Greg and Meghan Browne are garden adopters on the Pfluger Bridge.
It was about a year and a half ago when I first mentioned to my wife, Meghan, that I would like to take care of one of the gardens around the lake. We had just finished a super-long run (on The Trail, of course) and were cooling off on the couch at home when we caught a PBS show about the different gardens and their caretakers.
The Trail has been so much of a part of our lives,that I could think of no better volunteer opportunity than to help keep it beautiful. Meghan and I (and June Bug) have run countless miles around Lady Bird Lake along with friends and family (my mother-in-law Anne Flanagan frequently joins us).
Meghan and I actually got engaged under the stars right there at Lou Neff Point (a good idea on my part, now I get a kiss every time we run by there). So, Meghan put the wheels in motion and presented our garden to me as a gift for Christmas last year!
As far as what we’ve planted, I fretted over whether or not we should go “all native.” I thought at one point about trying to achieve a “day/night” garden, one that would provide beautiful color during the day but also include several gray or silver colored plants to reflect the city and moonlight at night.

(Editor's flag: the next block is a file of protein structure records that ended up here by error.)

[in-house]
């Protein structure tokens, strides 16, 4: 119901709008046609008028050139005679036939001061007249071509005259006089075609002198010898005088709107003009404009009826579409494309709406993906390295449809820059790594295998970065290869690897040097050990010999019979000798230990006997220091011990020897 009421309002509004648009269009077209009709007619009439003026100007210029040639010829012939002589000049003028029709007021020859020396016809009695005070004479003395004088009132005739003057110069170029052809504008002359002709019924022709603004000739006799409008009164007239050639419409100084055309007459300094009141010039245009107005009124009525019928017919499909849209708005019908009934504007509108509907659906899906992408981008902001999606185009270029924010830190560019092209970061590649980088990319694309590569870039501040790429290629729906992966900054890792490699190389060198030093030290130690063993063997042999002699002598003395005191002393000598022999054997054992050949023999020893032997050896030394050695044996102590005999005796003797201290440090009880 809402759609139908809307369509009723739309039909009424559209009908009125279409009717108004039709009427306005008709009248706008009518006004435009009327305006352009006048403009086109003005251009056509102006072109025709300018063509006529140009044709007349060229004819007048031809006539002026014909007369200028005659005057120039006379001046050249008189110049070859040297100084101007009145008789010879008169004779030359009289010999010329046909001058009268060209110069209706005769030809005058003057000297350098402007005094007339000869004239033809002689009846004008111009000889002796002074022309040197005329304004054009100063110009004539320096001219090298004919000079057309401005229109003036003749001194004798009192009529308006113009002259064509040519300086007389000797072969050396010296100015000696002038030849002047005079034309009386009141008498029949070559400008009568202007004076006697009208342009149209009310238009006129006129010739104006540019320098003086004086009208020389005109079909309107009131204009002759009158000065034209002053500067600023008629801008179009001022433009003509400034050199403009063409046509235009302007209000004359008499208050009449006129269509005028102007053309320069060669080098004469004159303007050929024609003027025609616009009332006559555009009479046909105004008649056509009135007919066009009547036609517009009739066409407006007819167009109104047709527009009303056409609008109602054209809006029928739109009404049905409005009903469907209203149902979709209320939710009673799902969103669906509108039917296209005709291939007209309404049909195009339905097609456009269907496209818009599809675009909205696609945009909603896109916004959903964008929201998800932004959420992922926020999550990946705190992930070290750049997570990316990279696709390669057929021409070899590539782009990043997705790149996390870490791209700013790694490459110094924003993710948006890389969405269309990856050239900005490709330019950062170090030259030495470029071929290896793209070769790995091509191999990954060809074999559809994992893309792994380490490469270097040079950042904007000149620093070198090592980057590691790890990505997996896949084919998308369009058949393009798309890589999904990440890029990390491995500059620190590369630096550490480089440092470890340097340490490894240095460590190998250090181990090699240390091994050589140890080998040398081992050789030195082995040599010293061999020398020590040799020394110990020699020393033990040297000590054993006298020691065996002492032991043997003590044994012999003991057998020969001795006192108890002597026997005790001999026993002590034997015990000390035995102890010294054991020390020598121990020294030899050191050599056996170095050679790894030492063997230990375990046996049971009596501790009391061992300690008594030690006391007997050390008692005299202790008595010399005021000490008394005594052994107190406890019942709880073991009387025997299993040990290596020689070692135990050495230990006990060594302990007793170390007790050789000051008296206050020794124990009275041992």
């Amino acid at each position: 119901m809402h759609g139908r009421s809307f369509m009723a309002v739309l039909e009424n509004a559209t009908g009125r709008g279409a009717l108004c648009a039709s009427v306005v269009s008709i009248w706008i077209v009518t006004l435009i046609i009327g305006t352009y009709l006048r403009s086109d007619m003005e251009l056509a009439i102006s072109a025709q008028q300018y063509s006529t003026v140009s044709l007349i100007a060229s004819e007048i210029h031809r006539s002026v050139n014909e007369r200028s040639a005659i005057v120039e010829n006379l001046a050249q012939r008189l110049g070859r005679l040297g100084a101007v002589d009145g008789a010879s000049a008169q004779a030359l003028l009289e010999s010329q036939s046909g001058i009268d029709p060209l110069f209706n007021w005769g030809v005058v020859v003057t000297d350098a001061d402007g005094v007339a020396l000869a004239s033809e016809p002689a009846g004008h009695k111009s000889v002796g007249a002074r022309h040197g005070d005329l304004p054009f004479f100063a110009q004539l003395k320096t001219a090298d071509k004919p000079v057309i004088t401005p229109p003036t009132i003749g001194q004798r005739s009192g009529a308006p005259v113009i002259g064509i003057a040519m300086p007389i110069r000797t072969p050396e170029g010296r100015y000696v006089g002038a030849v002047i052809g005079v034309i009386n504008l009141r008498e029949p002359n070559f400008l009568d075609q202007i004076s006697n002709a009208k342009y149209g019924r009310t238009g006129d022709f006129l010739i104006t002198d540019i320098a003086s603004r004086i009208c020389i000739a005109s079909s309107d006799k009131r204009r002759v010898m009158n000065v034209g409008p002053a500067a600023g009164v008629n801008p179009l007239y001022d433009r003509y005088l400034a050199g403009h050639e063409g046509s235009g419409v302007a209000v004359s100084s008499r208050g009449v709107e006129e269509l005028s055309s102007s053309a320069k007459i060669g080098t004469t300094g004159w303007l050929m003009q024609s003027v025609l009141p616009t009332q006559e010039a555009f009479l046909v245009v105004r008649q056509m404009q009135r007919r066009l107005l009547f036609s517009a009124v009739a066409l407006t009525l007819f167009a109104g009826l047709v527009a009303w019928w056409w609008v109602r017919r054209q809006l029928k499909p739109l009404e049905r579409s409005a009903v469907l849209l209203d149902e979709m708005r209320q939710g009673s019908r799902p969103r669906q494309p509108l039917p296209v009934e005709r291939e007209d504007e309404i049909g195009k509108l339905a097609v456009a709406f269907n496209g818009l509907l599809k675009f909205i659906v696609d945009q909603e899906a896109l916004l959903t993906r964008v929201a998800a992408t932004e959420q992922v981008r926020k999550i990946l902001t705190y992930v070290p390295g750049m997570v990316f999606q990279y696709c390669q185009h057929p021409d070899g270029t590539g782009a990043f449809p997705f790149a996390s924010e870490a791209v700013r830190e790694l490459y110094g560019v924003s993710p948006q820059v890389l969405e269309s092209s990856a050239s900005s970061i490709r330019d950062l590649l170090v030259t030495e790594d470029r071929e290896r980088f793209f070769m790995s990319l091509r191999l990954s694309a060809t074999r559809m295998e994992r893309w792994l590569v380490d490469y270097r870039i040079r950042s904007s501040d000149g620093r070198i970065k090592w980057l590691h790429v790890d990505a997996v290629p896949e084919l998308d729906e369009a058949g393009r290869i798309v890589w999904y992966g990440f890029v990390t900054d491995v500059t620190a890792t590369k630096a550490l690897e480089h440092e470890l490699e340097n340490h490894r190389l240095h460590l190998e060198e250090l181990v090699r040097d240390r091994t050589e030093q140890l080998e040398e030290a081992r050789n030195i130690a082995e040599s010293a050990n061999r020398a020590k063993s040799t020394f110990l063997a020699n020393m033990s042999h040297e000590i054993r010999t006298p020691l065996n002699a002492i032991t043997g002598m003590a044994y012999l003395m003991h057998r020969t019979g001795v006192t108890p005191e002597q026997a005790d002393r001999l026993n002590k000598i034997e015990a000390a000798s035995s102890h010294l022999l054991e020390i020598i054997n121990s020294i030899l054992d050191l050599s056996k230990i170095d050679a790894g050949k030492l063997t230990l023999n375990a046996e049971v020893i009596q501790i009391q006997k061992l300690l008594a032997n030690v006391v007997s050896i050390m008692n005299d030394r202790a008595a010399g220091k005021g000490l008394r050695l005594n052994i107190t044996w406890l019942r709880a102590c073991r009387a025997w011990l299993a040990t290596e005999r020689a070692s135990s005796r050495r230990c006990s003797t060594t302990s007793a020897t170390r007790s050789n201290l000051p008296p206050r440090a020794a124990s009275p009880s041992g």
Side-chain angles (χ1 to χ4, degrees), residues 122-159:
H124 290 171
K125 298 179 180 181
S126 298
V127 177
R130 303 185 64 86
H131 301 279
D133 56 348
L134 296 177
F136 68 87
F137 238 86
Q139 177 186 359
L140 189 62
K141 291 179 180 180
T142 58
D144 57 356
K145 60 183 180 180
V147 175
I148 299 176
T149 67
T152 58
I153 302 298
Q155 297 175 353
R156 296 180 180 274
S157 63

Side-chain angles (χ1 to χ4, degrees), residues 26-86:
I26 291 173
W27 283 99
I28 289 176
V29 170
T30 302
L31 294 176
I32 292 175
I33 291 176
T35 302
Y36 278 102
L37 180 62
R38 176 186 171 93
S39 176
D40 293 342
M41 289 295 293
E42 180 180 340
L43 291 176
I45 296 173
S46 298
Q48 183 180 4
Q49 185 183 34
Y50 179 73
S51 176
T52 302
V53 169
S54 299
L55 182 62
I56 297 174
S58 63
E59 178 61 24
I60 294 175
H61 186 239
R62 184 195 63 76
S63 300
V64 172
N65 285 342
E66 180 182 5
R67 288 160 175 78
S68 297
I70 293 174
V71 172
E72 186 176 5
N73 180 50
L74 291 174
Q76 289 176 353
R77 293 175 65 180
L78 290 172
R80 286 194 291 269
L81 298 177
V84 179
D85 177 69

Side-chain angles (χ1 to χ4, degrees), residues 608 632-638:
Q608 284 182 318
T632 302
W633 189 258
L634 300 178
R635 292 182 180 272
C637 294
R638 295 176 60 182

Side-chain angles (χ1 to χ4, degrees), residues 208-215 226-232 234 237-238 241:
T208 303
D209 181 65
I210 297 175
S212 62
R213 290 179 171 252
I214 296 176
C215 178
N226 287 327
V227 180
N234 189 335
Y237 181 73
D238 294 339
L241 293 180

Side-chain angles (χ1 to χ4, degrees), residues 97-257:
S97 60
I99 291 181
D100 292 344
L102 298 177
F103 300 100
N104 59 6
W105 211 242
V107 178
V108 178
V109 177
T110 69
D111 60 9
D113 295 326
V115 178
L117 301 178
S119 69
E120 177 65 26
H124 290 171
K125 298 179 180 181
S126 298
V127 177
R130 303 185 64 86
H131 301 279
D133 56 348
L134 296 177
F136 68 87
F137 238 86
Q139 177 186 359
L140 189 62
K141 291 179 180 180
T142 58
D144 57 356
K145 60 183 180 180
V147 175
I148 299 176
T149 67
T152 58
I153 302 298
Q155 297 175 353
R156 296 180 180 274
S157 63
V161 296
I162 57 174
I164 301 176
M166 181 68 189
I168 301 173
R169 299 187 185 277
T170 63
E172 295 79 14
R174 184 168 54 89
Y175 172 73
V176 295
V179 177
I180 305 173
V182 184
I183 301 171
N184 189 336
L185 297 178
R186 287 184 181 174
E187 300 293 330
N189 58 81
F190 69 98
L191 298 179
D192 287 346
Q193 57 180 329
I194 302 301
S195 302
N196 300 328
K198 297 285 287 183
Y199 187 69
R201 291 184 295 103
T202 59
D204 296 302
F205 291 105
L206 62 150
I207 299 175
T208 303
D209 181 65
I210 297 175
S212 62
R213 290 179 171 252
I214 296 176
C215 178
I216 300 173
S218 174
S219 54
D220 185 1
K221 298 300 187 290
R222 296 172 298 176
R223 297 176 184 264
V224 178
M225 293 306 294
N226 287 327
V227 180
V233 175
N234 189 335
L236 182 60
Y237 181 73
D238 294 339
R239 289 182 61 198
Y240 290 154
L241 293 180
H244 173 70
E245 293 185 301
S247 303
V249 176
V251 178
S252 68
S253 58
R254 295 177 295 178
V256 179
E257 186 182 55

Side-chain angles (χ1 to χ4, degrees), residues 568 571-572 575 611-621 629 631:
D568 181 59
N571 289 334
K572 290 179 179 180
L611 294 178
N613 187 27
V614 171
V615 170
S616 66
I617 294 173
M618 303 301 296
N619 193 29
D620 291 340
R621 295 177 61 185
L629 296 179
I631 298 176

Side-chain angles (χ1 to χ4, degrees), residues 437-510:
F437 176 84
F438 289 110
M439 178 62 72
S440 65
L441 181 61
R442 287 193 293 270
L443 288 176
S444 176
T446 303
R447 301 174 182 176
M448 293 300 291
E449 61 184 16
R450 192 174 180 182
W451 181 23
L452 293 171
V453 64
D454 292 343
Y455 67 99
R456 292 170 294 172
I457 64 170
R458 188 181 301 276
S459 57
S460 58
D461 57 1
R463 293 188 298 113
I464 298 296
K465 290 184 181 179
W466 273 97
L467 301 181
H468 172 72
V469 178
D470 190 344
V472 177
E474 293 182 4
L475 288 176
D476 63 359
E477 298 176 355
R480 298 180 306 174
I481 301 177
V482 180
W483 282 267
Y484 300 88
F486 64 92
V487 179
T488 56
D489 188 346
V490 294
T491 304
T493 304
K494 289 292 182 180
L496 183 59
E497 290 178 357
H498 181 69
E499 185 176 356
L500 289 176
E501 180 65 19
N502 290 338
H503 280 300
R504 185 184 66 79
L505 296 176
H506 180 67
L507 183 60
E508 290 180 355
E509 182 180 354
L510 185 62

Finally, on a particularly rough run on the trail, I decided on roses. Meg and I were running together and I was counting the steps to Lou Neff point because I knew there would be a pause for a kiss and I could maybe catch my breath! We still had quite a ways to go, so I went with the stalling technique of observing local flora “Hey, let’s look at those roses!”
That’s when it occurred to me that I may not be the only Trail user who would welcome the occasion to stop and smell the roses every once in a while. I’ve got to tell you that roses have been a lot of fun! I joined the Austin chapter of the Rose Society to learn more about them.
I consulted the Texas A&M horticultural website for disease-resistant varieties, talked at great lengths with Juan Guerra — the resident rose expert at “It’s a Jungle” — and listened at the society meetings for ideas.
I chose some flowers based on advice from all my sources and also chose some that were particularly close to my heart. For obvious reasons, I chose “Lady Bird” as the centerpiece, “St. Patrick’s” for all the “Patrick” members of Meghan’s family, and “Wild Blue Yonder” as a nod to all the pilots in both our families. So far we have had a lot of luck with all our roses. I especially enjoy hearing how much people have enjoyed watching them grow and bloom.
I can’t tell you how excited we are to share the story and our garden with all of you. Meghan and I are so pleased to be a part of The Trail Foundation family, and hope to be providing beautiful roses on the Pfluger bridge for years to come!